Just days after U.S. Sen. Paul S. Sarbanes (D-Md.) said that he would retire rather than seek a sixth term next year, the first candidate announced his entry into the race, to the applause of some prominent Prince Georgians and friends of the county.
On Monday, former national NAACP president and five-term Maryland Democratic congressman Kweisi Mfume officially declared his candidacy. Among those praising Mfume's decision to enter what could be an interesting race was the Rev. Betty Peebles, senior pastor of the 19,000-member Jericho City of Praise in Landover.
"When Mfume led the NAACP, he was strong on civil rights," Peebles said, adding that she also likes Maryland Lt. Gov. Michael S. Steele (R) for the job. "I think [Mfume] is possibly a good candidate, but I want to know where he stands on the issues," Peebles said.
Steele, Peebles said, has "kind of won my heart."
Regardless of who runs, Peebles said her congregation will be involved in the race. "I believe that the church is going to make the difference in this election."
Other county ministers agreed.
The Rev. Grainger Browning Jr., pastor of Ebenezer AME Church in Fort Washington, said he likes the idea that Mfume, Steele or someone else could become Maryland's first African American U.S. senator. "This is a tremendous opportunity for us to mobilize larger-than-normal voter participation because this is an off-year election," Browning said Sunday during a service at the church.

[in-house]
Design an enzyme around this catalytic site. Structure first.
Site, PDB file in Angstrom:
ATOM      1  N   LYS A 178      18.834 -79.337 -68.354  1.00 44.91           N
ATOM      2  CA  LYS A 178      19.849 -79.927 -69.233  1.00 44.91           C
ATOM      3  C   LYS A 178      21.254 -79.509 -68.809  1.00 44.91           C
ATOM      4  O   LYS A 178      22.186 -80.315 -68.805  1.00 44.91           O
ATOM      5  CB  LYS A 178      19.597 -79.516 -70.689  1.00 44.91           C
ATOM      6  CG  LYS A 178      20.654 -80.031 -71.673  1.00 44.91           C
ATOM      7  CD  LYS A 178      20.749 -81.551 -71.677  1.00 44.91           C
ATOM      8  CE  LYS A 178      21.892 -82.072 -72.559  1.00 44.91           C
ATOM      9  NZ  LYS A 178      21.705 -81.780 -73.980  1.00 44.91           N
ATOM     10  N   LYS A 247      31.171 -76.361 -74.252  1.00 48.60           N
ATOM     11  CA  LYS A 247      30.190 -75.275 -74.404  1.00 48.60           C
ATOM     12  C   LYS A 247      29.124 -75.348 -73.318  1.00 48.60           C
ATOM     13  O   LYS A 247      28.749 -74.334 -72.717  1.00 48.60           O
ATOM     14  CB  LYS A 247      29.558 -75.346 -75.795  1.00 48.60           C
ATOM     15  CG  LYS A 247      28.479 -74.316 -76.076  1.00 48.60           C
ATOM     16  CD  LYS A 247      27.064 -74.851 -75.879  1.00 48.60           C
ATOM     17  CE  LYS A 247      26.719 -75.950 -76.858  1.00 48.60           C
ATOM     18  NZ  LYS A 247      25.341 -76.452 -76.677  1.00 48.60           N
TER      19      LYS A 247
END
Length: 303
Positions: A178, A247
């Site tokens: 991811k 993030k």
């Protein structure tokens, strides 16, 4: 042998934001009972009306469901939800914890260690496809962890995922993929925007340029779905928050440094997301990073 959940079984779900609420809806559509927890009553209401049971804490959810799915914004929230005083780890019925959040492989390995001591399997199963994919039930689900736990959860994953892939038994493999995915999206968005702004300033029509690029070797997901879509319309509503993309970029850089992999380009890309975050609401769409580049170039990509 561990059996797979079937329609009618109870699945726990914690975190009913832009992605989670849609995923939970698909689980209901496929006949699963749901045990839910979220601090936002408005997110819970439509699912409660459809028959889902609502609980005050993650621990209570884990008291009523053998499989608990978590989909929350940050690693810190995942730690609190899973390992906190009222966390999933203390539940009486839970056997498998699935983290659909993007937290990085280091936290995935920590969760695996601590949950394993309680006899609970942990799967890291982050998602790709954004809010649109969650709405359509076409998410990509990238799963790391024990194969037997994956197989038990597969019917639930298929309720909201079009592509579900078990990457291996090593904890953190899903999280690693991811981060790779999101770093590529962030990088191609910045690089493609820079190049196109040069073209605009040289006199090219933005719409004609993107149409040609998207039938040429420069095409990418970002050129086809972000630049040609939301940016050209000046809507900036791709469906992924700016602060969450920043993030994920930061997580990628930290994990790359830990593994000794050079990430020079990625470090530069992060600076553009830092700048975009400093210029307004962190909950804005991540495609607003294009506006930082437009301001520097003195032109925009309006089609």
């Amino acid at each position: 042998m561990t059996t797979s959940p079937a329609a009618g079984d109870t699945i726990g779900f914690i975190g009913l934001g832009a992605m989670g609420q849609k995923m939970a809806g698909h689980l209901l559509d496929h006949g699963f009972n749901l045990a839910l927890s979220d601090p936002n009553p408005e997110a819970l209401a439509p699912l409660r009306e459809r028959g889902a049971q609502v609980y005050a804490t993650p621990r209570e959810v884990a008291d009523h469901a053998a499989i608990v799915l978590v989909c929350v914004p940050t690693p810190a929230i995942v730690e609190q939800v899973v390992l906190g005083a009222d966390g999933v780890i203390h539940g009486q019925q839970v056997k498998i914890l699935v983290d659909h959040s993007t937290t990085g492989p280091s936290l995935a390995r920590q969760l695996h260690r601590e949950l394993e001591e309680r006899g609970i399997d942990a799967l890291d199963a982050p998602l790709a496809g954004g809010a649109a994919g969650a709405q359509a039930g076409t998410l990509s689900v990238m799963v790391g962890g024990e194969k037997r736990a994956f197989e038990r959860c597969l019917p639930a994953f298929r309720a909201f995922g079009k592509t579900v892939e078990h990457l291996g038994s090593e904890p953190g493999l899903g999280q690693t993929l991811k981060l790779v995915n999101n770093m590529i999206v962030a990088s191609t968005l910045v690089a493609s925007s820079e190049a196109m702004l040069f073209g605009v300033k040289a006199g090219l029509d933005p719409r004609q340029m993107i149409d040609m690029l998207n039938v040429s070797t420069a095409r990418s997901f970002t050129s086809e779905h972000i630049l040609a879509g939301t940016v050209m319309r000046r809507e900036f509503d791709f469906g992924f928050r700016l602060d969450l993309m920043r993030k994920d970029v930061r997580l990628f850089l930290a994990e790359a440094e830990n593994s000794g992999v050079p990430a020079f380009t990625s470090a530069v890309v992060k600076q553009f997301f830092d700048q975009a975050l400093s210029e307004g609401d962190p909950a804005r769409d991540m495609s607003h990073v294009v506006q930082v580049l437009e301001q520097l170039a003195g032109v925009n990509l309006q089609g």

The Rev. Jesse L. Jackson, who visited Ebenezer on Sunday as part of an effort to register 1 million new voters before the 2006 election, said he admired Mfume for entering the Senate race and subjecting himself to personal scrutiny.
"He is a coalition builder," Jackson said, adding that he believes Mfume's candidacy could pull together people of all colors and backgrounds. "This is good for America, to have a man of his caliber take the risk of running for public office."
One lawmaker who will not seek Sarbanes's seat is Rep. Albert R. Wynn (D), who said he would forgo a Senate bid because it was not the right time for him to run.
Martin's Crosswinds was the place to see and be seen last week, during the county's 20th annual Women's History Month Luncheon. The event attracted the usual well-dressed crowd: elected leaders, public safety officials and business types, and the people who work for them.
County Executive Jack B. Johnson (D) was there, sitting alongside his wife, Leslie Johnson, and Montgomery County Executive Douglas M. Duncan (D), who worked the crowd, dispensing hugs, kisses, handshakes and slaps on the back.
The theme of this year's event, held annually to recognize the accomplishments of women, was "Women of Change: Transforming Prince George's County Through the Arts."
Maralita "Micki" Freeny picked up the Gladys Noon Spellman Award, which honors a woman in county government. Freeny, director of the county library system, was cited for managing the system and its $20 million budget, and for forging a partnership with the public school system that includes a popular summer reading program that encourages kids to pick up books during summer break.
During the luncheon, Johnson awarded $1,000 scholarships to Ashal Major of Friendly High School, Stephanie Park of Fairmont Heights High School and Ashley Watkins of Laurel High School.